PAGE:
Ruth got his start 70 years ago driving a delivery truck and getting his neighborhood buddies to help him haul mattresses for 50 cents an hour. Health issues are forcing him to close down his Gerard's Furniture store.
"I am going to keep on working. I got to deliver all this furniture"
Twenty-two decades ago, when he turned 65, Ruth brought to help him sell off the stock.
Paradoxically, the identical company that assisted him with the retirement sale back in 1996 is helping him with this going-out-of-business sale.
87, ruth does business like he always did. His store doesn't have a site. "I don't text and I do not email," he explained. "Only been a couple of years ago we have a computer for bookkeeping."
Gerard's includes a focus on American-made furniture.
"All that stuff on the internet, it's like going into the ships. It's gambling. You do not know what you are going to get," he said. "A number of this leather is seconds, some of it is rejects."
Ruth started working at the furniture business during his senior year in Baton Rouge High in Lloyd Furniture Co., then at 1126 North Blvd.. After graduation, he attended LSU joined the Coast Guard.
In 1953, he returned with the furniture store to Baton Rouge and also to his occupation.
"I had been making $35 per week at Lloyd Furniture, then I got a offer from Hemenway's Furniture on Plank Road," he said.
He had been a salesman in Hemenway's, Ruth got into hydroplane racing. He was a driver for your Tom Cat Baby, a ship with a Corvette engine that won the prestigious and dangerous Pan American race on Lake Pontchartrain.
Through the boat races, Ruth became friends with Lewis Gottlieb. Gottlieb endorsed some rushing teams.
Ruth got a call, 1 day. The proprietor of Simon Furniture Co. had died and his kids were not interested in taking over the enterprise. Can Ruth be interested in having a furniture shop?
Gottlieb advised the shop to be checked out by him, and he'd help him fund the deal, if he was interested.
"It was a great shop, and that I knew I could do some good on the market," Ruth explained. The problem was Click This Link money. But he'd have a life insurance policy he bought from a fellow member of the Red Stick Kiwanis Club.
"Mr. Gottlieb advised me to bring him that insurance coverage into the bank," Ruth said. "He told me'You are going to create it."
The Furniture of gerard opened at 1530 Foster Drive in 1966. There were three employees: a bookkeeper and the Ruths. During the day, Ruth sold furniture. In the evenings, he delivered.
At that time, the trend in furniture has been Victorian - and Spanish-style furniture. An effective Atlanta furniture salesman visited Gerard's Furniture and told Ruth, he needed to get some of those items in the shop. Ruth told the man he did not have the money to buy the furnitureso that he got them to send three suites of Mediterranean-style furniture on credit to Gerard's and phoned a Virginia manufacturer. "That cranked up business," Ruth said. "We offered the hell out of the furniture."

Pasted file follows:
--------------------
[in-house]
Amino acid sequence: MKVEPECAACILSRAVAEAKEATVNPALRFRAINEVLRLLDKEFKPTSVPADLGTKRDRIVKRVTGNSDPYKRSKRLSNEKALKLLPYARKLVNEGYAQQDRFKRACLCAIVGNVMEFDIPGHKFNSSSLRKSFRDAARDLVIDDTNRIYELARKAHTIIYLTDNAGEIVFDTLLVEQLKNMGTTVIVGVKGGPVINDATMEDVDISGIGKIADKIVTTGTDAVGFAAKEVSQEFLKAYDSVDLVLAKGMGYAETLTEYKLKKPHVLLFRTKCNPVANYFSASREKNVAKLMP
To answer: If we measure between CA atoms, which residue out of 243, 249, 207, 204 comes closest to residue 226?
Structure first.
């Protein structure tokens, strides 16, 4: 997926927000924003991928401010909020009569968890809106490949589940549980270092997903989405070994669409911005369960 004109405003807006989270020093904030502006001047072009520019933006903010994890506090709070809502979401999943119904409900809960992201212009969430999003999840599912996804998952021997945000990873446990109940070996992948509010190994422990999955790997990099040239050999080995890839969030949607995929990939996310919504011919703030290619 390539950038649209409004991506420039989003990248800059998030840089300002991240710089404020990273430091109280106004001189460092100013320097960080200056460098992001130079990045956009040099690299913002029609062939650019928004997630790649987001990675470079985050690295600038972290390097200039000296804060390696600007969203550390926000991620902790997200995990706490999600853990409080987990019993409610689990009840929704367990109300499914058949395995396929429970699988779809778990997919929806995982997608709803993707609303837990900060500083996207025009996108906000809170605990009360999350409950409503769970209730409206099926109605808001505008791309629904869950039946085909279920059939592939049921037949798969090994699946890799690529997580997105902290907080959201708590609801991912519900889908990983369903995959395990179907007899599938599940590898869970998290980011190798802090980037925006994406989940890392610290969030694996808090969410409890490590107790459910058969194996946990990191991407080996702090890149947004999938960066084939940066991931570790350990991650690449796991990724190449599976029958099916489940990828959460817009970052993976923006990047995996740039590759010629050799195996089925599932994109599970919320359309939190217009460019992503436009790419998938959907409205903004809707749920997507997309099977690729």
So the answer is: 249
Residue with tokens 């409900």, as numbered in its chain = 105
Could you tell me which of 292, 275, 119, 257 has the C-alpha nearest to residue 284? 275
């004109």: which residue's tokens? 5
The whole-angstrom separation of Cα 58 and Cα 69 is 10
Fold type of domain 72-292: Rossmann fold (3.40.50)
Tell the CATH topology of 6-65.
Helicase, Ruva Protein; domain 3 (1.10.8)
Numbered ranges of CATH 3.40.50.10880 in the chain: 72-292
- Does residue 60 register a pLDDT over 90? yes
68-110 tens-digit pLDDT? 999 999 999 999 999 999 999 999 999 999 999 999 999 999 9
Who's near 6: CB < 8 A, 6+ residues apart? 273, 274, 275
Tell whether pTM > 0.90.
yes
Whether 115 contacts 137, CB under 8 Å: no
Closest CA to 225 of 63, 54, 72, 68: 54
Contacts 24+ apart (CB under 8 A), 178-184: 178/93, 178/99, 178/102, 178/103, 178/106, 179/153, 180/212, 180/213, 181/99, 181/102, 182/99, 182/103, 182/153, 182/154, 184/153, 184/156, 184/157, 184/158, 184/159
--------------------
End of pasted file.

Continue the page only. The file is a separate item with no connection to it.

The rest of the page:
Ruth discovered about a store on Florida Boulevard which was up for sale for $500,000.
"It cost $2 million to revive the whole construction," he said. The loan was really big, it was split between CNB and St. Landry Bank in Opelousas.
The Florida Boulevard place of Gerard's Furniture opened around 1975. The shop won acclaim for the completeness of this selection, which included artwork furniture, fabrics, rugs and decorative accessories. One room is filled with George Rodrigue prints in the early 1970s. His son Larry has a gallery of original Louisiana art and prints at a different area of the store.
To round out the selection the furniture markets are visited by Ruth in North Carolina every six months to find items.
"Baton Rouge has ever been interested in great taste and standard furniture," he said. "The people who buy fine furniture want to take a seat inside, would like to feel it, and if they have any understanding in any way, unzip it and see what is inside ."
He was diagnosed with lung disorder. That led him to close the shop after meeting with his wife and four kids.
"I got outvoted," he said. The choice was made to liquidate the organization because his kids have professional occupations.
"I never got rich, but I was able to raise four kids, send them off to school -- and not have to pay any institutions or lawyers to get them out of difficulty," he visit here explained.
Despite his years in business, Ruth said he chose overnight to shut the store.
"My family would go crazy trying to figure out everything at the furniture shop," he explained.
He made a point of helping eight grandchildren and his children find things in the store to help decorate their houses.
Plans are to spend the upcoming few months selling off the stock . The shop will close when everything is gone.
Ruth said he's seen a increase in customers, since declaring he shut down his organization. The day after it was announced he closed, 500 people showed up in the shop. The next day about 400 people were there.
"It has been rewarding."